Diode Laser - Recommended Hardware/Firmware?


(Stefan G) #1

Hi,

I’m building a 10W diode laser engraver/cutter (for cutting cotton fabric mostly), at it looks like lightburn is the software to use! I’m currently set up with a Ramps 1.4 board I borrowed from an old 3d printer, but I’m seeing mixed things about it around here (and it was no joy for printing either). I use 32 bit boards for 3d printing these days (duets, not smoothie) and think I’d like to go for something better than ramps for cutting. Lasers not being my scene, I thought it best to ask this community if they had a recommendation for a board/firmware for a diode machine. It would need a minimum of 3 stepper drivers (and no more than 5, if I decide to integrate a z axis for focus or bed compensation). Please let me know of any thoughts!

Thanks,
Stefan


(Anthony Bolgar) #2

A great board would be the 32bit Cohesion3D laserboard. It handles up to 4 axis, has trinamic stepper drivers and works flawlessly with LightBurn. You can check it out at :

Cohesion3D.com


(Stefan G) #3

Thanks Grump. To go in a slightly different direction, I use a duet Wi-Fi for my printers, which is an excellent board hardware and firmware wise (for printing purposes). My understanding is the big perk of smoothie is adjusting laser power to speed so corners aren’t overexposed from slowing down. So I reached out to duet and it turns out they’ve already built this into the beta of their firmware update. Is there any other reason to take cohesion over the duet? They’re about the same price point and their support and firmware is as good as anything I’ve used in my life. But, not being from the laser side of things, I’m not sure if I’m missing something that still justifies the cohesion board over the duet. Any input anyone?


(Ray Kholodovsky) #4

Last I checked Duet can’t raster engrave all that fast at all. The gCode it takes is based on Marlin, which is very verbose and not as efficient. Also, LightBurn doesn’t support Duet at this time.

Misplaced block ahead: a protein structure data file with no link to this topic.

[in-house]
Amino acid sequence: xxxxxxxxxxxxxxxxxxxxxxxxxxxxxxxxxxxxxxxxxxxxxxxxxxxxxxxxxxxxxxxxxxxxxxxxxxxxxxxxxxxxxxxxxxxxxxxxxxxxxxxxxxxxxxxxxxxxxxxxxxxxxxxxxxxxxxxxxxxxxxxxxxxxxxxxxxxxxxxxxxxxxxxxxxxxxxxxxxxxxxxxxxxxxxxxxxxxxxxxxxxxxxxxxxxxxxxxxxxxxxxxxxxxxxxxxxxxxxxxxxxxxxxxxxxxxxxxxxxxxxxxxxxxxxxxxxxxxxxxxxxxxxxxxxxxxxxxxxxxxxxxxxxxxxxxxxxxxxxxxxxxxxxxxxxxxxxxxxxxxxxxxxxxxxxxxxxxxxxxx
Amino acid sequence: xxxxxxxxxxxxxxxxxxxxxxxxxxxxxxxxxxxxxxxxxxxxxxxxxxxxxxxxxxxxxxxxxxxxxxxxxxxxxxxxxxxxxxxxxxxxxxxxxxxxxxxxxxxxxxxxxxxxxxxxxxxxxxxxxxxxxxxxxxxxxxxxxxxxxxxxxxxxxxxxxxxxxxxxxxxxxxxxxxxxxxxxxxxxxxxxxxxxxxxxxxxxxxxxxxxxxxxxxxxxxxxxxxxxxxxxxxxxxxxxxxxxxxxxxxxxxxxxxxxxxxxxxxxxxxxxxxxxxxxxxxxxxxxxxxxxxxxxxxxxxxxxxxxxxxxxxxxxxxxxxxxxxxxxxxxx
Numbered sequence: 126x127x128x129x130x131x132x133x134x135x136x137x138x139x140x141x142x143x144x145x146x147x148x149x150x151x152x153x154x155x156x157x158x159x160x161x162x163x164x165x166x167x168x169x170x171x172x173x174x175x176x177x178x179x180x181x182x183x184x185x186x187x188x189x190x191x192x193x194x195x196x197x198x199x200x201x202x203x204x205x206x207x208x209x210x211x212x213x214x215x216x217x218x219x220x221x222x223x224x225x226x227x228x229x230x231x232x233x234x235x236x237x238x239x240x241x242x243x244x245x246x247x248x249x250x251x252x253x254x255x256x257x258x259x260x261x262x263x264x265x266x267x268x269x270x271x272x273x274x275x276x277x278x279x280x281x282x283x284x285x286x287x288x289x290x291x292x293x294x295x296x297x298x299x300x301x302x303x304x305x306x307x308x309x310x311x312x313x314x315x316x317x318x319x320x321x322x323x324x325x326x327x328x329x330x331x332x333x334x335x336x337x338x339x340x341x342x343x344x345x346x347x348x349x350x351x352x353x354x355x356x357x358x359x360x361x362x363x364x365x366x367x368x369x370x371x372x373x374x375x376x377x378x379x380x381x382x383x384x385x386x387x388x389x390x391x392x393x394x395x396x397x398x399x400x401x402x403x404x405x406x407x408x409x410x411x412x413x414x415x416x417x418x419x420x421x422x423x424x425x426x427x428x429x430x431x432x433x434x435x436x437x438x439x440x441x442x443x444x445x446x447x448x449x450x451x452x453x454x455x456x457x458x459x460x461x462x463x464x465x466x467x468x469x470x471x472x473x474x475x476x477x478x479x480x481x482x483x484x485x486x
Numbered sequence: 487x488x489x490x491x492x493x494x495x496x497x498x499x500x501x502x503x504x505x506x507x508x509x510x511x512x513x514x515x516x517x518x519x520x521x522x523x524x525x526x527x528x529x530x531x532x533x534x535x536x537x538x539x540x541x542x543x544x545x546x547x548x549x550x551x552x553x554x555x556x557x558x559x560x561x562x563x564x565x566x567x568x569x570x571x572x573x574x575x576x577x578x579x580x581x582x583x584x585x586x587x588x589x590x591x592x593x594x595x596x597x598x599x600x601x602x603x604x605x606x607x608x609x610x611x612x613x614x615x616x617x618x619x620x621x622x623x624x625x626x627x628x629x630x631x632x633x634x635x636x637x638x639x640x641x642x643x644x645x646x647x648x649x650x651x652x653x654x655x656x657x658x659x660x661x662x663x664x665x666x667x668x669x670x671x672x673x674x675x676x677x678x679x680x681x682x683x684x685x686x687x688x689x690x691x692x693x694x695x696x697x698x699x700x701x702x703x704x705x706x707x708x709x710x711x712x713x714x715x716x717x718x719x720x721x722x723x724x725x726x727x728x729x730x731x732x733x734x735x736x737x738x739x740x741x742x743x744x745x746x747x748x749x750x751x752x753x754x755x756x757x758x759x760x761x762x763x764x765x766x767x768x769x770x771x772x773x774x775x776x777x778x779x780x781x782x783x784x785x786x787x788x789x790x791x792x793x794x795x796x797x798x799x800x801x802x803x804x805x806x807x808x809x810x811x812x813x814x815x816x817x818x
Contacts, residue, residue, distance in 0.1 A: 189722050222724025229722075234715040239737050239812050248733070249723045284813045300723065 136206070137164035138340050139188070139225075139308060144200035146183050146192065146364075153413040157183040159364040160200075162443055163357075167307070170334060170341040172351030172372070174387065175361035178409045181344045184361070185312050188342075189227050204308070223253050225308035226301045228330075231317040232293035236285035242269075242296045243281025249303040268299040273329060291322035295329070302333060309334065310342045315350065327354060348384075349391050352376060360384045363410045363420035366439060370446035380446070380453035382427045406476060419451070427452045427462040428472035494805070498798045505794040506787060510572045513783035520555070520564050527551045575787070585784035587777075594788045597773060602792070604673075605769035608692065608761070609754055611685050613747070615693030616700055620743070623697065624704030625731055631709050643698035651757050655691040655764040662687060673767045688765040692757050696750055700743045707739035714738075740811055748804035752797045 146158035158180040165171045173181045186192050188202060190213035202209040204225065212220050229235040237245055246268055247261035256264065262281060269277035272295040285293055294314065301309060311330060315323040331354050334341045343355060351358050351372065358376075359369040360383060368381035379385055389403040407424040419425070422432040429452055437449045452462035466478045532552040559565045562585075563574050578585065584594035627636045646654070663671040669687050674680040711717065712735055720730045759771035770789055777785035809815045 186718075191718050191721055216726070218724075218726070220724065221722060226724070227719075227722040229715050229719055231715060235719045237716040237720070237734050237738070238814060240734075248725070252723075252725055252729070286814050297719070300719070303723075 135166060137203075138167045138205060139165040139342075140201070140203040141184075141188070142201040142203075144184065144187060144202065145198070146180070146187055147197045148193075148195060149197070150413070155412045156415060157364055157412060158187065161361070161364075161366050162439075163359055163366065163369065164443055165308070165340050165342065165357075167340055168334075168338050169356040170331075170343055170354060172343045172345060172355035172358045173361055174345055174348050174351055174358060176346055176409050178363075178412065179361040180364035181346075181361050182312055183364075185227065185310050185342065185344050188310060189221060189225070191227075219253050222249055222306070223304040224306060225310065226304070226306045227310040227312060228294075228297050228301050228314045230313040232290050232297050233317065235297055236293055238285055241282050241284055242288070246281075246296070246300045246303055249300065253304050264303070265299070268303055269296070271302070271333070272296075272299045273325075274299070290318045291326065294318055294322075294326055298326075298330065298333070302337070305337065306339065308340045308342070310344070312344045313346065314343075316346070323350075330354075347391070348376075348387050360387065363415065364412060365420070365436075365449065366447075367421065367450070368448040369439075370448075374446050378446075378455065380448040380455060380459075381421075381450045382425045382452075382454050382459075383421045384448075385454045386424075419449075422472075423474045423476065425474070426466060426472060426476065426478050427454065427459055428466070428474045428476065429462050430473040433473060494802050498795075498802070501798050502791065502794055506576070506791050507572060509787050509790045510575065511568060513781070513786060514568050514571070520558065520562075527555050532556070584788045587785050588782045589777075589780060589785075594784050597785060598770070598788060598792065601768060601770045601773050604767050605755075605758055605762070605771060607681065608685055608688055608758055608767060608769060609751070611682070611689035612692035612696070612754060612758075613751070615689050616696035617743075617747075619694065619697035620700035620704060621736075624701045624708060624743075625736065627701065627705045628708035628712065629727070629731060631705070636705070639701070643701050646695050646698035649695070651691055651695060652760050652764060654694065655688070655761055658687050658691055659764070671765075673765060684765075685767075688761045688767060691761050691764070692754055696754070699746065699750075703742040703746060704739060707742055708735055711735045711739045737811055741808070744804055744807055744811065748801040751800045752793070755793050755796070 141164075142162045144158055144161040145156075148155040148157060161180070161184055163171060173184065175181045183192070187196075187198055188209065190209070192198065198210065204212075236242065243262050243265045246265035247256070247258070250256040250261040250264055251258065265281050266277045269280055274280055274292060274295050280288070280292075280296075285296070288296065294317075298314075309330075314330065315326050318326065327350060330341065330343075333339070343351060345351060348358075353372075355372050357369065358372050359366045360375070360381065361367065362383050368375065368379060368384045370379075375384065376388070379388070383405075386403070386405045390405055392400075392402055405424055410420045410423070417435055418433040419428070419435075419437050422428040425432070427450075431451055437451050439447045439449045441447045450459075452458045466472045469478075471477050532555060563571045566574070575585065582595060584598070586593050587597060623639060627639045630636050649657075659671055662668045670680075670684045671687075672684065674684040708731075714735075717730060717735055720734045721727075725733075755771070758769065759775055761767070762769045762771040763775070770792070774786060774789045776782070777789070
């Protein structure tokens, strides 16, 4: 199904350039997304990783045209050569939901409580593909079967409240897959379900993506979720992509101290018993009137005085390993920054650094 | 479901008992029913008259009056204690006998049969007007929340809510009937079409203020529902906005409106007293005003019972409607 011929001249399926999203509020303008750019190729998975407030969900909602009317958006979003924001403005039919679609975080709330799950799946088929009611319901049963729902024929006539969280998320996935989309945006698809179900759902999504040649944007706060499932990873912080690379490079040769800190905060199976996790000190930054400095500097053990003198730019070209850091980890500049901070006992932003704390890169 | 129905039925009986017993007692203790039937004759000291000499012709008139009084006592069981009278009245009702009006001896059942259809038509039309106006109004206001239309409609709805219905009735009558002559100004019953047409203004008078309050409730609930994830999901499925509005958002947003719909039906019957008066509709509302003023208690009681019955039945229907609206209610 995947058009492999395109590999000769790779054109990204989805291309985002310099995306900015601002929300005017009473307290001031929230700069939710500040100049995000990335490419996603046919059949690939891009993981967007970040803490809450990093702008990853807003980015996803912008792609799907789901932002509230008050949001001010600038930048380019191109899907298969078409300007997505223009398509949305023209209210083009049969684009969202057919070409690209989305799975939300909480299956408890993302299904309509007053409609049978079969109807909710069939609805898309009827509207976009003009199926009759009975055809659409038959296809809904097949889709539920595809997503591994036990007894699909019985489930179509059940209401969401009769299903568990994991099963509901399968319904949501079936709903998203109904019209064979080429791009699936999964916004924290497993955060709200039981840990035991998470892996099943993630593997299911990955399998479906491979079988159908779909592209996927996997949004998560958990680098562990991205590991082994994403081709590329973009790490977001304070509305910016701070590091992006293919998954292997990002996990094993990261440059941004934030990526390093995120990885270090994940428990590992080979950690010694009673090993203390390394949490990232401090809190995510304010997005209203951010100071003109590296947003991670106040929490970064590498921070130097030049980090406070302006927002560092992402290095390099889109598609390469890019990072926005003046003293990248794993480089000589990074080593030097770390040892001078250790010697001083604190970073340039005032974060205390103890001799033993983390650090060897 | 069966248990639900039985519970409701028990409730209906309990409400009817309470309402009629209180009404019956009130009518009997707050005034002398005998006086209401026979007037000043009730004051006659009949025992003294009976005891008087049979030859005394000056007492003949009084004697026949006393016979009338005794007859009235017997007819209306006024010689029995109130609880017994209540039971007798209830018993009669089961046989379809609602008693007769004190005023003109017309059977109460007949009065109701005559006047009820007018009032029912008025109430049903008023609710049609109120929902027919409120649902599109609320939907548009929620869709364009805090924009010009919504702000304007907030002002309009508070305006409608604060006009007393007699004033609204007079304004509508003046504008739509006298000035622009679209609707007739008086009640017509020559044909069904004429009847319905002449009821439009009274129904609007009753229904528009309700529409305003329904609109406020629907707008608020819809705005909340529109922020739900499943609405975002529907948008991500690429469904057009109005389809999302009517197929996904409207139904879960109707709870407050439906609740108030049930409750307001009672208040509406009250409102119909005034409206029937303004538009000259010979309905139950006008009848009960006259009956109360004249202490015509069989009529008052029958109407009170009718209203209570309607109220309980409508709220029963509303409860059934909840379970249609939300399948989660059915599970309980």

Cohesion3D does do the things faster, as well as being purpose built for laser cutter control, and works very well with LightBurn.

If you do want to use the C3D to run a diode, there are some nuances to be aware of and I can point you to resources in the C3D forum.


(Stefan G) #5

This sounds odd to me, notwithstanding lightburn compatibility or lack thereof. Do you have any more information on this? They’re pretty comparable hardware wise, both high end TMC drivers, both 32bit 120mhz high end microprocessors. Printing g code is likely more verbose than laser g code would be, yet my printers on duet can print faster than a diode laser could possibly mark or engrave things, so I’m confused as to why swapping an extruder (which is more complicated) with a laser, would slow anything down. Any info on this?


(Ray Kholodovsky) #6

In short, Smoothieware and GRBL-LPC can take input in the form of G1 X0.1 S0.6 F6000 - this is because they actually have laser modules in the firmware that allow for the S value (power level) to be directly in the G1 move segment. When doing raster engraving, you are quite literally sending thousands of these lines per second, one per image dot. This is already considered quite verbose compared to how the real industrial controllers do it, but it works.

Last I checked, Duet’s firmware does not have such a thing, and laser control on Duet requires the “Marlin Workaround” way of doing it which is to set power on one line, then do the move, then set the next power level, then the next move. So this is a much more complex way of sending the data, and the throughput would be much slower. It seems ok for cutting, but would choke on engraving, where again, you have to send thousands of tiny pixels a second.

Source: I developed the Cohesion3D Board which has required me to be able to pretend that I know what I am talking about on this subject for the last 3 years.


(Stefan G) #7

Haha great! A knowledgeable source indeed. Thanks!


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